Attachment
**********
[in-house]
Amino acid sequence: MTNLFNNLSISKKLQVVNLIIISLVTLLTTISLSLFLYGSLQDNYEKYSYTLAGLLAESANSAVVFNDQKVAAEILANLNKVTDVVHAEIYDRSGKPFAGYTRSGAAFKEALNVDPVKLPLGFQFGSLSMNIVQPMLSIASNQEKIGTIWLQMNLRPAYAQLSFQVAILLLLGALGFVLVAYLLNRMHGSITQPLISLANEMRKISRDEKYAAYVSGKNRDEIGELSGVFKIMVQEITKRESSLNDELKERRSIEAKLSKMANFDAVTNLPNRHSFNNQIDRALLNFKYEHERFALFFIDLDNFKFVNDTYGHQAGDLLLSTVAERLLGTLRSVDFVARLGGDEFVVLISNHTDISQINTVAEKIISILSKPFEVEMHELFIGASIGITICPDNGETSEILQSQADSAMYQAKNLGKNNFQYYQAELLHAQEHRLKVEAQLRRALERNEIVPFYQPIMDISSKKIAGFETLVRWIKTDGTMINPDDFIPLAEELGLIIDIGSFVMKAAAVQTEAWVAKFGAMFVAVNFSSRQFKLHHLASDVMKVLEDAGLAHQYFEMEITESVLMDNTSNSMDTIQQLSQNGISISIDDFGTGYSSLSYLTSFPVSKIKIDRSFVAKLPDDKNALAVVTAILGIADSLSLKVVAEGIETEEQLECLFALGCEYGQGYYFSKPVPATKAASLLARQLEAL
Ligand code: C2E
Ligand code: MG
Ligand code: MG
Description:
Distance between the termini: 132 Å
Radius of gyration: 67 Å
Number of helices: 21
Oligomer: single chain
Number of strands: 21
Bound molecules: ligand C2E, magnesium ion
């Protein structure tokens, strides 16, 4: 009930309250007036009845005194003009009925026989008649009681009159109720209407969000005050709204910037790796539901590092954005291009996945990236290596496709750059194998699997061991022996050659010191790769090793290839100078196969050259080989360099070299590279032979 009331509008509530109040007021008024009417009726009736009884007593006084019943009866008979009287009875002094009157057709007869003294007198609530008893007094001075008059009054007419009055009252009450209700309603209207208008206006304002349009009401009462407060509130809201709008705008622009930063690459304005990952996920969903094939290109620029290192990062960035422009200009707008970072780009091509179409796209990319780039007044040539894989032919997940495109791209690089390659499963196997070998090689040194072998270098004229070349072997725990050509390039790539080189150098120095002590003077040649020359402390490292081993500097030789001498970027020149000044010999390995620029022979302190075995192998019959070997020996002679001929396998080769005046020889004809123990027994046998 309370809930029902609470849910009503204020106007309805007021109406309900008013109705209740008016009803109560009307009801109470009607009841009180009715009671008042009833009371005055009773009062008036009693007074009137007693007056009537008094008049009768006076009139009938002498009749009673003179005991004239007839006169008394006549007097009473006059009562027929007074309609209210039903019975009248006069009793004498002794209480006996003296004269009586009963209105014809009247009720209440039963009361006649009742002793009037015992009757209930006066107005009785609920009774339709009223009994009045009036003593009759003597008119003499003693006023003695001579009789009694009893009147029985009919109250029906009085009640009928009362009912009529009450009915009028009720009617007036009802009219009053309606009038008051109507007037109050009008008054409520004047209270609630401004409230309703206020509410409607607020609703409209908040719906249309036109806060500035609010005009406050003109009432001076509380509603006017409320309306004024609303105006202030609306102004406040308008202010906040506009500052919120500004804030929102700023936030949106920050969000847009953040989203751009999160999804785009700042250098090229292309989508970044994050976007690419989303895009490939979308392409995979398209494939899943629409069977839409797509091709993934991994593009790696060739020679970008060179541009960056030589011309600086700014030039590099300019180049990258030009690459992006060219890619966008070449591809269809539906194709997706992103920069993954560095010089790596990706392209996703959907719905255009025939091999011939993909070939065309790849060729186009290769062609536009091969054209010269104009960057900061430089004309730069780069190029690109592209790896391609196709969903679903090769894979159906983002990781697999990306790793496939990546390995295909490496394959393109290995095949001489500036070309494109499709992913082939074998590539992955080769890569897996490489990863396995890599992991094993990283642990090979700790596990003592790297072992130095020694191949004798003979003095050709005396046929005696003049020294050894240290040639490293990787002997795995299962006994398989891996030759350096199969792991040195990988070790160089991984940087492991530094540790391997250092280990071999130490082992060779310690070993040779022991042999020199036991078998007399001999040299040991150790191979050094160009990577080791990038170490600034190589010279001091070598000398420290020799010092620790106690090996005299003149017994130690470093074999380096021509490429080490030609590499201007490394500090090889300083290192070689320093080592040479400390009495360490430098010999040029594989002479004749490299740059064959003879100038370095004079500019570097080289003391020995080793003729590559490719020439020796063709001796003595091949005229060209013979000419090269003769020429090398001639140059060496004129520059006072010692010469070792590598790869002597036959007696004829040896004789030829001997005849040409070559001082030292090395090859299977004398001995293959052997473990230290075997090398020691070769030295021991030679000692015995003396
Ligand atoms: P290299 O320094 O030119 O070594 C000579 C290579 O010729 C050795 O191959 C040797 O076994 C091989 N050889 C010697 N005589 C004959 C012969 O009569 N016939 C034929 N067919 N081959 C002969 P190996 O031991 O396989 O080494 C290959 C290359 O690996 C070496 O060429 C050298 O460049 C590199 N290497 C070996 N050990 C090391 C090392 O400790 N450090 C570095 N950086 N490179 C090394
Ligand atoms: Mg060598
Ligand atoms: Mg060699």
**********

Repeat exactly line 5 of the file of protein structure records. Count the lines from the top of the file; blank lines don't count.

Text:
Ligand code: MG